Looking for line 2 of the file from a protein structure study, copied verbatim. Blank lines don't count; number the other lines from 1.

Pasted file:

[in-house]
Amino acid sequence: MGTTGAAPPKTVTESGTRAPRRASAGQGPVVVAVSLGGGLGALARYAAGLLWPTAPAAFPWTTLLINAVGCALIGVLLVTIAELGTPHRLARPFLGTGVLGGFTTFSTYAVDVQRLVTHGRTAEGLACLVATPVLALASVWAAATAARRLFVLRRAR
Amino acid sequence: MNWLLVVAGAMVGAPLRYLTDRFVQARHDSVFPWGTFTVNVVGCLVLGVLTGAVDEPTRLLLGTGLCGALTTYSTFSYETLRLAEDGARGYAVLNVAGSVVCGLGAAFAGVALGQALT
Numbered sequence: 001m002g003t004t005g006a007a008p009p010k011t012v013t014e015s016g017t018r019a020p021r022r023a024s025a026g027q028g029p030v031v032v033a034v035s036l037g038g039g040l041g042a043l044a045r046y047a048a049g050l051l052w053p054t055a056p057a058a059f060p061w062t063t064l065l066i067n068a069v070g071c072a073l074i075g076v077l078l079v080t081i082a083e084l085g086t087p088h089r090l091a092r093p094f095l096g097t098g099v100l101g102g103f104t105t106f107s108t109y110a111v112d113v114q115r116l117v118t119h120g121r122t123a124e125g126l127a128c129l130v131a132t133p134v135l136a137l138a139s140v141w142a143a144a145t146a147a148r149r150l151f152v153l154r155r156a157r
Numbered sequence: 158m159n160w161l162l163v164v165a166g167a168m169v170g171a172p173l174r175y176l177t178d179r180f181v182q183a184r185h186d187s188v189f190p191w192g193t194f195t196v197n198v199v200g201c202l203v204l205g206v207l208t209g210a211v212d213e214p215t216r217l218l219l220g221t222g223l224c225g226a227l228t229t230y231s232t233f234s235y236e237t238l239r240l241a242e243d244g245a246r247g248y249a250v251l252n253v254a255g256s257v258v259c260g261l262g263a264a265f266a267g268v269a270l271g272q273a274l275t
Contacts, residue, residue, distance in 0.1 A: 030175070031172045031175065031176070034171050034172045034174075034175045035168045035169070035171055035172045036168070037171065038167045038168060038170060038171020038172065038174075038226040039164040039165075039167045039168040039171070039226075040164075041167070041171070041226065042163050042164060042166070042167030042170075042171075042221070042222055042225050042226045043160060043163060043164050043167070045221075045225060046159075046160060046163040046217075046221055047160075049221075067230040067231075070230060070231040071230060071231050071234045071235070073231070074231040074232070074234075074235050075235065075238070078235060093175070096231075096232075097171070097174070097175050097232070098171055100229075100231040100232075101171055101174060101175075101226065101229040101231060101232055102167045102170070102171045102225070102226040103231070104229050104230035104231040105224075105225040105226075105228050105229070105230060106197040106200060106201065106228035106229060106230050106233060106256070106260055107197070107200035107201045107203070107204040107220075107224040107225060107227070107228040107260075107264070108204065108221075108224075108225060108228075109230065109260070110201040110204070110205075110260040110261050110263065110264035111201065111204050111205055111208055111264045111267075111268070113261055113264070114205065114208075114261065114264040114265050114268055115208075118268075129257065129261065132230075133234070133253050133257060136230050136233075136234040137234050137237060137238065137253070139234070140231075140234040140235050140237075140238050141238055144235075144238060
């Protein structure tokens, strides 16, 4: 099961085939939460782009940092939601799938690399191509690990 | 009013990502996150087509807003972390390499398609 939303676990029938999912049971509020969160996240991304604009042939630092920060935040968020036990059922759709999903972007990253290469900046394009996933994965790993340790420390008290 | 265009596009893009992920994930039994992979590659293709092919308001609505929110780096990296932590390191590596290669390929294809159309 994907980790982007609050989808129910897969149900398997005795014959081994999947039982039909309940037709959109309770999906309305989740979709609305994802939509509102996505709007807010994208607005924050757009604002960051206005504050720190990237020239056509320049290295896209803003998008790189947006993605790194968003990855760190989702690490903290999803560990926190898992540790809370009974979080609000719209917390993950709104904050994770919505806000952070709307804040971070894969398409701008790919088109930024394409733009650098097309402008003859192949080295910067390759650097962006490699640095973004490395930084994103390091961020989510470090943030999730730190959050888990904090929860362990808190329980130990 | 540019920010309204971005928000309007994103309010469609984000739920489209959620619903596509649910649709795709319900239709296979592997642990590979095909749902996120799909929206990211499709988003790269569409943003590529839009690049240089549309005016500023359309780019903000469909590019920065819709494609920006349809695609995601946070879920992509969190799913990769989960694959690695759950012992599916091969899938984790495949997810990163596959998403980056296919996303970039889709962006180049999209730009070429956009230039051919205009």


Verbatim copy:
Amino acid sequence: MGTTGAAPPKTVTESGTRAPRRASAGQGPVVVAVSLGGGLGALARYAAGLLWPTAPAAFPWTTLLINAVGCALIGVLLVTIAELGTPHRLARPFLGTGVLGGFTTFSTYAVDVQRLVTHGRTAEGLACLVATPVLALASVWAAATAARRLFVLRRAR